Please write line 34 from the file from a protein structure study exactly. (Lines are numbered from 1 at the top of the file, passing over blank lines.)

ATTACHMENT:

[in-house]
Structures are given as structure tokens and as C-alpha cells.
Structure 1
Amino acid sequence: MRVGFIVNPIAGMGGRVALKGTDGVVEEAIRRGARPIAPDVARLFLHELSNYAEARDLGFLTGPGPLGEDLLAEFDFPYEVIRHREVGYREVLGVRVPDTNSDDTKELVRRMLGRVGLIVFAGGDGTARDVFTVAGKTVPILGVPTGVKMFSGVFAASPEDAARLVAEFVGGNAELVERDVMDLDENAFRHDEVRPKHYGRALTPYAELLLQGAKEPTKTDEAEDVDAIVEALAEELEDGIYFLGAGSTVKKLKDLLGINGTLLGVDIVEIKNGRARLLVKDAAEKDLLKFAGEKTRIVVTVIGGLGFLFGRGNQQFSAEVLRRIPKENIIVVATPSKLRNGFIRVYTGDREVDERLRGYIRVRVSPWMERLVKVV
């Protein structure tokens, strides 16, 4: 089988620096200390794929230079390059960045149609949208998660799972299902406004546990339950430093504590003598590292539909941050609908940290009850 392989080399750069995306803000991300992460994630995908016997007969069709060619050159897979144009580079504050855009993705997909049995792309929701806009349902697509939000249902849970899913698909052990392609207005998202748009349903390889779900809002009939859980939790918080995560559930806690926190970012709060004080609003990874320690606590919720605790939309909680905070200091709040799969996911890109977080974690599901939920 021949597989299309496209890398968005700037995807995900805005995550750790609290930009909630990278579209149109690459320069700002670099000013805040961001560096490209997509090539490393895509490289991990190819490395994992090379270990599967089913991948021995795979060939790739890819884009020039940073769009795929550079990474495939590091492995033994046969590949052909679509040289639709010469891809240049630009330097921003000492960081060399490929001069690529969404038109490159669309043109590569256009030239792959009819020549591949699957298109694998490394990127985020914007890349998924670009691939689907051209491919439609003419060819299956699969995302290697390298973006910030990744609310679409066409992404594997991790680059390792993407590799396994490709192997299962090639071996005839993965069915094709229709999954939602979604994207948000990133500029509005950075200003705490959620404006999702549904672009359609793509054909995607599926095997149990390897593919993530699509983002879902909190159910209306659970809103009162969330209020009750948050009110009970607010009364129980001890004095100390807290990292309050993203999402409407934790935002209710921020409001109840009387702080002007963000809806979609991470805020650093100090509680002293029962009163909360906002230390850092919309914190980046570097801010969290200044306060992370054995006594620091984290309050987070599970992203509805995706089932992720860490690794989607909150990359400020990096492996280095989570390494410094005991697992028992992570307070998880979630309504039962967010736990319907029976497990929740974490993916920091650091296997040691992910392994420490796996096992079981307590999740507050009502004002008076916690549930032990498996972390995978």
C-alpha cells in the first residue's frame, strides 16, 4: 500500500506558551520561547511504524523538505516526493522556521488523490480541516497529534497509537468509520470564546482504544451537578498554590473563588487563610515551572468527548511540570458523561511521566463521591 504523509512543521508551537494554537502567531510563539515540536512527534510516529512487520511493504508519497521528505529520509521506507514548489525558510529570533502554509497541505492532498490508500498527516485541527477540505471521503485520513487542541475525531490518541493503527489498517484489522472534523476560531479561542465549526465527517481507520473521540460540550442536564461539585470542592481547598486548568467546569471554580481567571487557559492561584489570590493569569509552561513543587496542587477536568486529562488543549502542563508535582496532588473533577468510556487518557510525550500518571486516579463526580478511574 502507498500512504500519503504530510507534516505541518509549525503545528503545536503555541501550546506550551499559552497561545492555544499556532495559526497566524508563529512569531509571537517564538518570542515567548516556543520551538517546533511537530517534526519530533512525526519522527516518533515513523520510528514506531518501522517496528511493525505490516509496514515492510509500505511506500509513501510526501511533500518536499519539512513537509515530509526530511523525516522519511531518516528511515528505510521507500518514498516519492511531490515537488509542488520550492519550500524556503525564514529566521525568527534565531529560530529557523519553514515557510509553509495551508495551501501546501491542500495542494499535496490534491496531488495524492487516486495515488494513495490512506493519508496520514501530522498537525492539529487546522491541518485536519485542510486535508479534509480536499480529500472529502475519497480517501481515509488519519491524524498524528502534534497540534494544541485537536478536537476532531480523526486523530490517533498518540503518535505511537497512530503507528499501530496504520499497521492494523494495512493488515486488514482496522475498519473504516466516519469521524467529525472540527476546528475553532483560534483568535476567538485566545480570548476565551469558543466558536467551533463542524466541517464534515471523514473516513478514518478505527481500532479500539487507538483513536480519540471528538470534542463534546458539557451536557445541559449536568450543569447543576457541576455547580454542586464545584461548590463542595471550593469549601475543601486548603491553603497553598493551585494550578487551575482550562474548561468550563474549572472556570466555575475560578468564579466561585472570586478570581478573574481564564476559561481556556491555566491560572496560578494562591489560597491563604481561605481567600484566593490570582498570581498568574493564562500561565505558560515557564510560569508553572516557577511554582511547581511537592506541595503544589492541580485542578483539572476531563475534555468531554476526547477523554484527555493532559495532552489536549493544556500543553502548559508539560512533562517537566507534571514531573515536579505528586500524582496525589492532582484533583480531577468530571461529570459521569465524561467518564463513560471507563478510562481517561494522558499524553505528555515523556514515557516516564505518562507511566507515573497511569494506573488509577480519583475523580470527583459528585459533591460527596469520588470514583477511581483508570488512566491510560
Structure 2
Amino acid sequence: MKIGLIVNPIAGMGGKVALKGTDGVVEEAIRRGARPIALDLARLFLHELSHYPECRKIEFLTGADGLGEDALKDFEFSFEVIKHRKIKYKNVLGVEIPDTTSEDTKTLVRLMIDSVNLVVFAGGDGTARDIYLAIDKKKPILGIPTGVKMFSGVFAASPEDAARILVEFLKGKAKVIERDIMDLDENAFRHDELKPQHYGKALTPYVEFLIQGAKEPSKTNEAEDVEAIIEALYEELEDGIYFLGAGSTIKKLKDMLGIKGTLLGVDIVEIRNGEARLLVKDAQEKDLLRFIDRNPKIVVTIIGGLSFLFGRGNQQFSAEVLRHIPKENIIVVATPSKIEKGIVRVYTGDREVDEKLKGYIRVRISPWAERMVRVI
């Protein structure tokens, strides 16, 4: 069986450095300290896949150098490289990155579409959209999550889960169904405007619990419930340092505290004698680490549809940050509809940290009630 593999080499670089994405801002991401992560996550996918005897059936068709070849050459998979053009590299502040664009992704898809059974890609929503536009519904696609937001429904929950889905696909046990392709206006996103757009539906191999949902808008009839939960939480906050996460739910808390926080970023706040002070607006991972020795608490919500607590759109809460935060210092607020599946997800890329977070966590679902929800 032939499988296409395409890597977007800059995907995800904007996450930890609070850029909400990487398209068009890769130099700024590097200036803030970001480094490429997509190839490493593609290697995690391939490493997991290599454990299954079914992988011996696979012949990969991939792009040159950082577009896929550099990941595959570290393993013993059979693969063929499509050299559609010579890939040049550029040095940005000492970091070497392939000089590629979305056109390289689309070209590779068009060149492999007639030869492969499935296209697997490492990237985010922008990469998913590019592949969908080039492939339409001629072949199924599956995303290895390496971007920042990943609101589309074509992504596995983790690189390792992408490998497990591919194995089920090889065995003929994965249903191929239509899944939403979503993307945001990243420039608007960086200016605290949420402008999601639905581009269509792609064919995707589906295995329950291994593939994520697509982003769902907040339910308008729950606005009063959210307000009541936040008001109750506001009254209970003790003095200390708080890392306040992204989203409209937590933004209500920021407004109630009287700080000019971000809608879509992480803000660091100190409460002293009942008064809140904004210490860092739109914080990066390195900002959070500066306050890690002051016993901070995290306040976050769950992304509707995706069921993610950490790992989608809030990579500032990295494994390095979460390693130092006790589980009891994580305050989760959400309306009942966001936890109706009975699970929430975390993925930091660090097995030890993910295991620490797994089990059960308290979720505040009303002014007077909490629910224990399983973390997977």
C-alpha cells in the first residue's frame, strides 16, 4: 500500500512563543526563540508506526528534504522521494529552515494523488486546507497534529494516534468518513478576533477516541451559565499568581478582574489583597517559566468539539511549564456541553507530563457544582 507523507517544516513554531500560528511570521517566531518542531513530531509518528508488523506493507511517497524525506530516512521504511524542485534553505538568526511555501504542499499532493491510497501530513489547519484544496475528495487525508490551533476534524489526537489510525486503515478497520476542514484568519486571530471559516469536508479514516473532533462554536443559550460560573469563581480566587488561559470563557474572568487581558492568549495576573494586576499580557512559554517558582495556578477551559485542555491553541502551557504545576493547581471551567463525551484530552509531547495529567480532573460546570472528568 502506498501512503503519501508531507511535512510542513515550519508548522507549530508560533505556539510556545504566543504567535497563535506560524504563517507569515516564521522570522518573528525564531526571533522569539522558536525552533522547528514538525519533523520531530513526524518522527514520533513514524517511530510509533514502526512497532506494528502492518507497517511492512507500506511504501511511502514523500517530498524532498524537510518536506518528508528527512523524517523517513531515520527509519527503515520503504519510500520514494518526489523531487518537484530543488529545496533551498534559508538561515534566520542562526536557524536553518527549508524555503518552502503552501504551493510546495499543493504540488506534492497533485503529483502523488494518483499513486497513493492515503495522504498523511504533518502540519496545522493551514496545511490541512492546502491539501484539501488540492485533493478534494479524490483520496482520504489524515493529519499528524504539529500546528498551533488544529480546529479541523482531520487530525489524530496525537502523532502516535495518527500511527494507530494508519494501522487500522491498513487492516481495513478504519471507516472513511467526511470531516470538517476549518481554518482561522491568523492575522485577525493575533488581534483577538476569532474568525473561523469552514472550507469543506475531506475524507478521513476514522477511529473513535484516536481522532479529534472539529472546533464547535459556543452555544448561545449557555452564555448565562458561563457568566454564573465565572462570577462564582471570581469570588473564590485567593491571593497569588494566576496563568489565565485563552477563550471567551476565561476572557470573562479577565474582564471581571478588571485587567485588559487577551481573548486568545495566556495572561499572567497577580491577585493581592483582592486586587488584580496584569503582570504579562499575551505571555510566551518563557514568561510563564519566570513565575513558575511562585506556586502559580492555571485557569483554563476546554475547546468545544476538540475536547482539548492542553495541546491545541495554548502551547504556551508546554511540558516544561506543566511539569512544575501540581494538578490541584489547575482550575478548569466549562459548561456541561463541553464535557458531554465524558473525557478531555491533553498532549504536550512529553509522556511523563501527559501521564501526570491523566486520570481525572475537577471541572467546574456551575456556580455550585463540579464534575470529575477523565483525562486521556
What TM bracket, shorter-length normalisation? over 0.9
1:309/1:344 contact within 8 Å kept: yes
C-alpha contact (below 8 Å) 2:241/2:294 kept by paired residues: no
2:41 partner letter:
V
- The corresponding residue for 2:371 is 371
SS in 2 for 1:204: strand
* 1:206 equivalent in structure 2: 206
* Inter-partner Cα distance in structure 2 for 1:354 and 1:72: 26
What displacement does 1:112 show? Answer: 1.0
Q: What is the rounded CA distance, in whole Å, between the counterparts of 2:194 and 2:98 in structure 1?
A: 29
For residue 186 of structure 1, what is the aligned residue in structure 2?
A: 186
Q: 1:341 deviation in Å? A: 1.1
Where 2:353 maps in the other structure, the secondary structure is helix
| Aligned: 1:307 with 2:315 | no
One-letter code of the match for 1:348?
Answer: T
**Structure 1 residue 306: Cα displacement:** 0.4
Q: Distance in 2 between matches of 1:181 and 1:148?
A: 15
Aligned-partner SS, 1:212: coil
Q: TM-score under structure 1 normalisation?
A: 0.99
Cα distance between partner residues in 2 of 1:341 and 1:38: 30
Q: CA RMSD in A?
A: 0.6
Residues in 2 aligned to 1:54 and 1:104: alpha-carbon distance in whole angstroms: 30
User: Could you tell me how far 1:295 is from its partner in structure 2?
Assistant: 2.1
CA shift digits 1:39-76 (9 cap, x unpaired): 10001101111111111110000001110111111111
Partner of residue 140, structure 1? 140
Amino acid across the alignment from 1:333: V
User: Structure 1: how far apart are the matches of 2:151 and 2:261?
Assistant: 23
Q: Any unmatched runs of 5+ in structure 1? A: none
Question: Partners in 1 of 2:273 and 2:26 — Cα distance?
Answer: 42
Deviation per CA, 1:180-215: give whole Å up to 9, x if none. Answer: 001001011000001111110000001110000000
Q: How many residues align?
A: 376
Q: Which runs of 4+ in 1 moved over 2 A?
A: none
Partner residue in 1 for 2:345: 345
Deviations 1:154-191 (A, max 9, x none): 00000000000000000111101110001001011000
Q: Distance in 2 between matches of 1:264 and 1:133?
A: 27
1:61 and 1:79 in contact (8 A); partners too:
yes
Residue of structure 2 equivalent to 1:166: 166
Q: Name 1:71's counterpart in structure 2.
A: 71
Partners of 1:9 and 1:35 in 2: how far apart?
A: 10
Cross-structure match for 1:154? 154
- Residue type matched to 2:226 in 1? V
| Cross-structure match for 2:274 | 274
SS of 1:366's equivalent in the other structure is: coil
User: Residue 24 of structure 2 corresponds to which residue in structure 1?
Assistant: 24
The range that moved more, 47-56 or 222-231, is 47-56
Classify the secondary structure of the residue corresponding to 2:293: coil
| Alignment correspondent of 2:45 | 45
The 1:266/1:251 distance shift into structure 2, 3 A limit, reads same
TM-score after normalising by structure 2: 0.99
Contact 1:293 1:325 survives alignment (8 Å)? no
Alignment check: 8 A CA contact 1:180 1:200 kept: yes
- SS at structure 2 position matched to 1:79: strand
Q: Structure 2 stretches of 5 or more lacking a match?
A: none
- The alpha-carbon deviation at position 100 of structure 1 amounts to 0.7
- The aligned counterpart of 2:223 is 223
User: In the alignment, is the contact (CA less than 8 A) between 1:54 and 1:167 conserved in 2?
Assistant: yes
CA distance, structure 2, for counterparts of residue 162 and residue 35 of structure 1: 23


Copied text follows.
Q: TM-score under structure 1 normalisation?